ST. LOUIS — A year after surviving closure plans because of low enrollment, historic Sumner High School in the Ville neighborhood could soon be home to a new office connecting businesses and entrepreneurs to loan products, training and other resources.
The Northside Economic Empowerment Center, funded with $1.5 million from St. Louis’ federal pandemic relief money, hopes to open its suite of business services by June in the annex on the eastern side of the Sumner campus.
“Through the Northside Economic Empowerment Center, the city will bring resources directly to the neighborhoods that have lacked access to these tools while collaborating to use community anchors in new and innovative ways,” said Neal Richardson, executive director of the St. Louis Development Corp., whose board approved the plan Thursday morning.
SLDC and the city are working with St. Louis Public Schools, which still needs its board to sign off on the agreement, as well as the Sumner Advisory Board, an independent group set up a year ago to develop programs to keep the school viable after the district shelved a plan to shutter it during a round of school closures.
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The school, designed by famed architect William B. Ittner for 1,100 students, saw enrollment dwindle to just under 200 by last school year, prompting its inclusion in the district’s list of proposed school closures.
But its history as the first public high school for Black students west of the Mississippi River and its roster of famous alumni that includes Tina Turner, Chuck Berry and Margaret Bush Wilson spurred neighborhood and city leaders to come up with a plan to save the school, drawing support from cultural groups to help build an arts focus on campus.
“We want to protect the school for our scholars,” said Aaron Williams, chair of the Sumner Advisory Board who is active in the Ville’s neighborhood groups. “Part of the challenge has always been Sumner is a very large campus. It was hard for SLPS to sustain the school. By bringing in partners, it makes their job a little bit easier.”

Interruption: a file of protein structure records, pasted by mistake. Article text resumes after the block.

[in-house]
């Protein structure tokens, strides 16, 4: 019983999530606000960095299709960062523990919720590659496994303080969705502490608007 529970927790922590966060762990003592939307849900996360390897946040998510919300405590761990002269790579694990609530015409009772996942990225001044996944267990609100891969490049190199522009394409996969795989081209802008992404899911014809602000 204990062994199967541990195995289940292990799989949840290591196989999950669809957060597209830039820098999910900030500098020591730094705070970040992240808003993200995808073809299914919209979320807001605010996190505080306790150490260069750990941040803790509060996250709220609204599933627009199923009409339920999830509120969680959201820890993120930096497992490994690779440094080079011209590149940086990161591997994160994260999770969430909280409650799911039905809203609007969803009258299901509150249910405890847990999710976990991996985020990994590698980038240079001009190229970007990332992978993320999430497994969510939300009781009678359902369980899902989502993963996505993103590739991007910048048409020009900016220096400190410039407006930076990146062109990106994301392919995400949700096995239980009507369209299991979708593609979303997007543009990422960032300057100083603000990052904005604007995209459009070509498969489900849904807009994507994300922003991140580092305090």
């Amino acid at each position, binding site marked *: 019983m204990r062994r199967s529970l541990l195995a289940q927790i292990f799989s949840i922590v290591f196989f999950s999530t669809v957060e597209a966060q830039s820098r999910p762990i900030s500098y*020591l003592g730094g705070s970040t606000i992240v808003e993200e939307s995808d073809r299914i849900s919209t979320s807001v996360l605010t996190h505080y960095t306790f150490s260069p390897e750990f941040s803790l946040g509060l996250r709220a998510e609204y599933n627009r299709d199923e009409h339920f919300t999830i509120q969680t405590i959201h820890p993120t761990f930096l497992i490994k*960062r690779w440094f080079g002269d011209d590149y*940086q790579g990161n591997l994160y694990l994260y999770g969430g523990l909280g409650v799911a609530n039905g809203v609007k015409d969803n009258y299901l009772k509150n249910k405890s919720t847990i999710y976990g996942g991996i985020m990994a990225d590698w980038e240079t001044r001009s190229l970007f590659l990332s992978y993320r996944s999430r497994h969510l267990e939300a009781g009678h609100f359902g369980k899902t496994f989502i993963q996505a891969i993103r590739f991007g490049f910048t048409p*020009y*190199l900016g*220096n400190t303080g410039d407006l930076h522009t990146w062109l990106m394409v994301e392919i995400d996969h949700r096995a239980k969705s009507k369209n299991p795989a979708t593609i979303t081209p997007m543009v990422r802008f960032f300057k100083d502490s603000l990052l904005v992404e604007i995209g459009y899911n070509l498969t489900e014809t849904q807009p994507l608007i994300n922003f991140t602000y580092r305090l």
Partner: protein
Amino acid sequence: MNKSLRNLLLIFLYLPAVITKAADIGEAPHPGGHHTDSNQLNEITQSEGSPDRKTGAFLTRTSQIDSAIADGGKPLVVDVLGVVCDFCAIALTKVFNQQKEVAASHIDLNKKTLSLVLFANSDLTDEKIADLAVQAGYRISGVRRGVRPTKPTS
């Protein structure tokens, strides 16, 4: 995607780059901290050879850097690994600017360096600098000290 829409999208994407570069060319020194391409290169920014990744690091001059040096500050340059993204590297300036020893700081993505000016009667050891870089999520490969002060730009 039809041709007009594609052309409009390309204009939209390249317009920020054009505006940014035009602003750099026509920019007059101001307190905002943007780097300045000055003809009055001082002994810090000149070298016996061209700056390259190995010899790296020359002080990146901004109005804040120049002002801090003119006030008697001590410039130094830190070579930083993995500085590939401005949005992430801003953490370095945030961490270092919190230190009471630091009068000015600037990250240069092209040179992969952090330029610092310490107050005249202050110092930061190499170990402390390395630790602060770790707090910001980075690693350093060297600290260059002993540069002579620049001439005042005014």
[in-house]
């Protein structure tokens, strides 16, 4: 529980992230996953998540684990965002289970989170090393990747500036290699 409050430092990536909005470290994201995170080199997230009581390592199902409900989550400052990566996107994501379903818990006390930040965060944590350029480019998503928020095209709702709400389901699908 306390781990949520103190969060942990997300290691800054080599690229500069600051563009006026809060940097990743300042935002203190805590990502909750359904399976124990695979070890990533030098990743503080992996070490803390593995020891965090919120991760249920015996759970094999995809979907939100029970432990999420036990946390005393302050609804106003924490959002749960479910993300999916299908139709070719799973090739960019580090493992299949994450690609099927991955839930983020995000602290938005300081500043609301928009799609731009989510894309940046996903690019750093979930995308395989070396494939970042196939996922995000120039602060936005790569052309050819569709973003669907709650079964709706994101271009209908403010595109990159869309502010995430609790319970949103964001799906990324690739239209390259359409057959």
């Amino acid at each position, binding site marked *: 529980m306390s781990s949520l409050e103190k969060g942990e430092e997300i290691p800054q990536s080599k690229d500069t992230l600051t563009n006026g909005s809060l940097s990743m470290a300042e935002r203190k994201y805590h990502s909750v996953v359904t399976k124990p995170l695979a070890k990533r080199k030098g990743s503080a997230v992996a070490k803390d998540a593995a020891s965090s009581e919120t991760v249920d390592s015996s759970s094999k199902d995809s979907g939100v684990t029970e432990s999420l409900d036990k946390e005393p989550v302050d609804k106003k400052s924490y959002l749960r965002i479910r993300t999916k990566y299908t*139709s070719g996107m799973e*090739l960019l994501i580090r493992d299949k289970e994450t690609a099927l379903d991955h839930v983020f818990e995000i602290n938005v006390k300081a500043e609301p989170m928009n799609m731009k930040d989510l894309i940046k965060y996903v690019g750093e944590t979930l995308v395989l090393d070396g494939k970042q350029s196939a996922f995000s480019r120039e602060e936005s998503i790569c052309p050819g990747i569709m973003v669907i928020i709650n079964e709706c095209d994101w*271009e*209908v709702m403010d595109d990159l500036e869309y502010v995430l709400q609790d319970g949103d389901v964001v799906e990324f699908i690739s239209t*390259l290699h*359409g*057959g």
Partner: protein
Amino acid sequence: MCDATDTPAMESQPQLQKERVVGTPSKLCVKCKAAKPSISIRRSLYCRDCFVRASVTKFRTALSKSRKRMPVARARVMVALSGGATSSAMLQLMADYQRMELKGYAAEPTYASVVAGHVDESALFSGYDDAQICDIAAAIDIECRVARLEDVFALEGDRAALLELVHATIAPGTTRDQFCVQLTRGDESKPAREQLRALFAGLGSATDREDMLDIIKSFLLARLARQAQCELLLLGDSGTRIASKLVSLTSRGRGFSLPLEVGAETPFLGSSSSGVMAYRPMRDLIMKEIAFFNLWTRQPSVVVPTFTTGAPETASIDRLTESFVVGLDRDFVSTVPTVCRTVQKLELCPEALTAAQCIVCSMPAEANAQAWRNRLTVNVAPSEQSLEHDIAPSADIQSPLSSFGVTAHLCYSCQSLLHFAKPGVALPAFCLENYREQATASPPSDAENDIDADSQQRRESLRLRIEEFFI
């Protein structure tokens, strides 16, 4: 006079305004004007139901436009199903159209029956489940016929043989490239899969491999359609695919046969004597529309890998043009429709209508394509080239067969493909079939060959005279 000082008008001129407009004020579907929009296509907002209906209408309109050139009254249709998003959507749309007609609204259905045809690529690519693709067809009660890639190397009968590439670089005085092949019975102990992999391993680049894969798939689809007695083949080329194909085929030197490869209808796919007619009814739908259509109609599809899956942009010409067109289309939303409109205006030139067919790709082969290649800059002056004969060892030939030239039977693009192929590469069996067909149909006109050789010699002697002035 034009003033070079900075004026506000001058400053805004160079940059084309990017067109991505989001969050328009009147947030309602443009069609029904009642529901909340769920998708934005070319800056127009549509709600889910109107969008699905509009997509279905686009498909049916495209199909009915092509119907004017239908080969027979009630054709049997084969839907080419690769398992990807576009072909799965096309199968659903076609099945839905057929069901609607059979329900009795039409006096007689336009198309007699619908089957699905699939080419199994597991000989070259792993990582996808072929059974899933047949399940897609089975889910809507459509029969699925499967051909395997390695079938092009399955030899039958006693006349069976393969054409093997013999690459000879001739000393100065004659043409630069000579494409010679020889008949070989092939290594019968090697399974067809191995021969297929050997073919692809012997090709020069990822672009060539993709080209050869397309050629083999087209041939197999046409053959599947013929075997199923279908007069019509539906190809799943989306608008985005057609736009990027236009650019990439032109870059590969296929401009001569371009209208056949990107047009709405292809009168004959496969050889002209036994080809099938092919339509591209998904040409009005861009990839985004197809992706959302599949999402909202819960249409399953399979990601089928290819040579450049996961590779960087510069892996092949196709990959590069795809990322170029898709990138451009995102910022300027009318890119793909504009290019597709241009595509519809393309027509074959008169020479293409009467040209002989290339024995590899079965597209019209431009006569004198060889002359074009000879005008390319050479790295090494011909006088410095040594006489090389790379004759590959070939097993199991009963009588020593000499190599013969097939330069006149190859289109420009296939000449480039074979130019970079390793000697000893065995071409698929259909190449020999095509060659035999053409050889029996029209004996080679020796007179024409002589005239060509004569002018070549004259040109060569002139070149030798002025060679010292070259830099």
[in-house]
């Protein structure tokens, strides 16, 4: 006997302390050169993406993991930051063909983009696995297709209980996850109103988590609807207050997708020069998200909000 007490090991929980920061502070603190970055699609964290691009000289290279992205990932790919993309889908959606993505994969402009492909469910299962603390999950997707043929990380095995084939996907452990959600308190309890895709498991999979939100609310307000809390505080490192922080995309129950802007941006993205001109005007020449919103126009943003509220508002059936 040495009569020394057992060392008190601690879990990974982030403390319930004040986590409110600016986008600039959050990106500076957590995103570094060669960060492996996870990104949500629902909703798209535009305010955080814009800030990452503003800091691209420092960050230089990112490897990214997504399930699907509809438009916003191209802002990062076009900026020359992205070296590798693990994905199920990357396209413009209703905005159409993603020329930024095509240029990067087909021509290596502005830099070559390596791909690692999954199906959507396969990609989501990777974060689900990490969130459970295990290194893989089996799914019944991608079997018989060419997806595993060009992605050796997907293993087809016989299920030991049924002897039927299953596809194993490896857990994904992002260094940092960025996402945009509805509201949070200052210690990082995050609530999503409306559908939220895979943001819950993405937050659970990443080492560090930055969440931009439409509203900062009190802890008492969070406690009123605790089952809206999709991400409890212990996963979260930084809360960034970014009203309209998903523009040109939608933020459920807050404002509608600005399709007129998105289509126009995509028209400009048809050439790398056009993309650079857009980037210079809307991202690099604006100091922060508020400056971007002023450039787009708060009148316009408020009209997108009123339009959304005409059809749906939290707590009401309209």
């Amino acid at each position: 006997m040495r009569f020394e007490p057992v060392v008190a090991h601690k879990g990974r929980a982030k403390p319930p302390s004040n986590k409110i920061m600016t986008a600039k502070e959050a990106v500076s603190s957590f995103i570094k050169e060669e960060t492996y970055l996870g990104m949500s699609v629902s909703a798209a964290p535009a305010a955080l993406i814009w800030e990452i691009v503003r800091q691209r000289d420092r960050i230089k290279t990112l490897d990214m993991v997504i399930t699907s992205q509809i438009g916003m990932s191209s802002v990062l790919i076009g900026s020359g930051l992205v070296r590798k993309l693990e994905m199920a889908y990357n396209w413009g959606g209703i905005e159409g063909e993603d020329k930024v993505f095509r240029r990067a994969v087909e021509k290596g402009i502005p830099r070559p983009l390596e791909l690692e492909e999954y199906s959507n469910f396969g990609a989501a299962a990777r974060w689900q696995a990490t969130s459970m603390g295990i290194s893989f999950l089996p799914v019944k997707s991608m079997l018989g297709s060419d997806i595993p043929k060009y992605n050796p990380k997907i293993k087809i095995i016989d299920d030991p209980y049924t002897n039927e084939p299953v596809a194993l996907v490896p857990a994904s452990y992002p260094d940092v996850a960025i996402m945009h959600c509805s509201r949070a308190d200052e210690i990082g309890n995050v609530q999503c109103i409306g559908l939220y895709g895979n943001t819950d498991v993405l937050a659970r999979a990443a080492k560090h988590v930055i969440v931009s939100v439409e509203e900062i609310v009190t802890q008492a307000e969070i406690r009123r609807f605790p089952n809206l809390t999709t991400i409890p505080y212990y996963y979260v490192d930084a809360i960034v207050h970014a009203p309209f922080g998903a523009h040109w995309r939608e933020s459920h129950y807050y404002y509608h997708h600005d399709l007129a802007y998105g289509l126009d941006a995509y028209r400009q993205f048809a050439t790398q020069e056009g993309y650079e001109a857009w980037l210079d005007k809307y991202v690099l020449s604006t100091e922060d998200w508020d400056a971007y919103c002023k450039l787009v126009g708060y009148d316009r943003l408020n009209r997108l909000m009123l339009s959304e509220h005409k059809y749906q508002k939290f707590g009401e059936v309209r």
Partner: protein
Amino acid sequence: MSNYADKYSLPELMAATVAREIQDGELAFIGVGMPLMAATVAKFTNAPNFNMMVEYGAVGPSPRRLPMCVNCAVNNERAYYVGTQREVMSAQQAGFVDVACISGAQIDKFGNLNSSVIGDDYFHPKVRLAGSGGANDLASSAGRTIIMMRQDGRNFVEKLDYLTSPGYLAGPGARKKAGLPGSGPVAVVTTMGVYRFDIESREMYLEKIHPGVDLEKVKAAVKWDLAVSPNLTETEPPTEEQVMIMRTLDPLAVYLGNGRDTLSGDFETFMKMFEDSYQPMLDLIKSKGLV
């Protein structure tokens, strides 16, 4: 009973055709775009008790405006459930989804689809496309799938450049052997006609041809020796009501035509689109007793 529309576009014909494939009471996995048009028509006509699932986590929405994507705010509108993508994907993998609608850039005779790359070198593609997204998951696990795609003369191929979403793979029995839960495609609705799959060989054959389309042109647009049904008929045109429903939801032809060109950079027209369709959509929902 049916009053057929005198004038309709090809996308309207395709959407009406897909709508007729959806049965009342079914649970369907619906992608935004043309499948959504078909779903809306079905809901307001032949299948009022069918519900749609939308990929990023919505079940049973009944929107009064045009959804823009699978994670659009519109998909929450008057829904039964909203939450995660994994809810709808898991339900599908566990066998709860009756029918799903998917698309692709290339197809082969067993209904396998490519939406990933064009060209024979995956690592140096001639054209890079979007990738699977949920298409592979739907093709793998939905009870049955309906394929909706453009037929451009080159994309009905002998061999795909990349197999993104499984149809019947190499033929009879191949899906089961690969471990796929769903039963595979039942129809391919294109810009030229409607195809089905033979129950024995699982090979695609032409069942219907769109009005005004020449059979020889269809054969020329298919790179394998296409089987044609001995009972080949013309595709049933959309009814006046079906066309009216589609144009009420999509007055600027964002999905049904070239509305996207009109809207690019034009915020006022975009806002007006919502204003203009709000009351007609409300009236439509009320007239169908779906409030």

The new business service center will add another dimension to the campus, offering business counseling as well as staff to connect small businesses with SLDC’s array of lending programs. There also will be staff to help companies certify as minority- or woman-owned, a designation that can help firms when bidding for projects. That certification office is currently based at St. Louis Lambert International Airport.
Partners in the business service effort include Lambert, Small Business Empowerment Center, Missouri Business Development Agency, Mastercard Digital Doors, Maryville University, and the St. Louis Agency on Training and Employment.
Richardson said the new center will bring along groups that have not had presence in north St. Louis before, and, in addition to helping the city’s small businesses, it will bring “year-round activity to Sumner High School” and “leverage the school as an anchor to that community.”
Williams and his group plan to find ways the business center can also aid Sumner students through job or entrepreneurship programs.
Under a proposed two-year agreement, the district would charge SLDC $100,000 for the space at Sumner, with an option for a third year. But Richardson said the goal is to make the business services office self-sustaining and “a pillar of the community long term.”
Originally posted at 5 p.m. Thursday, March 17.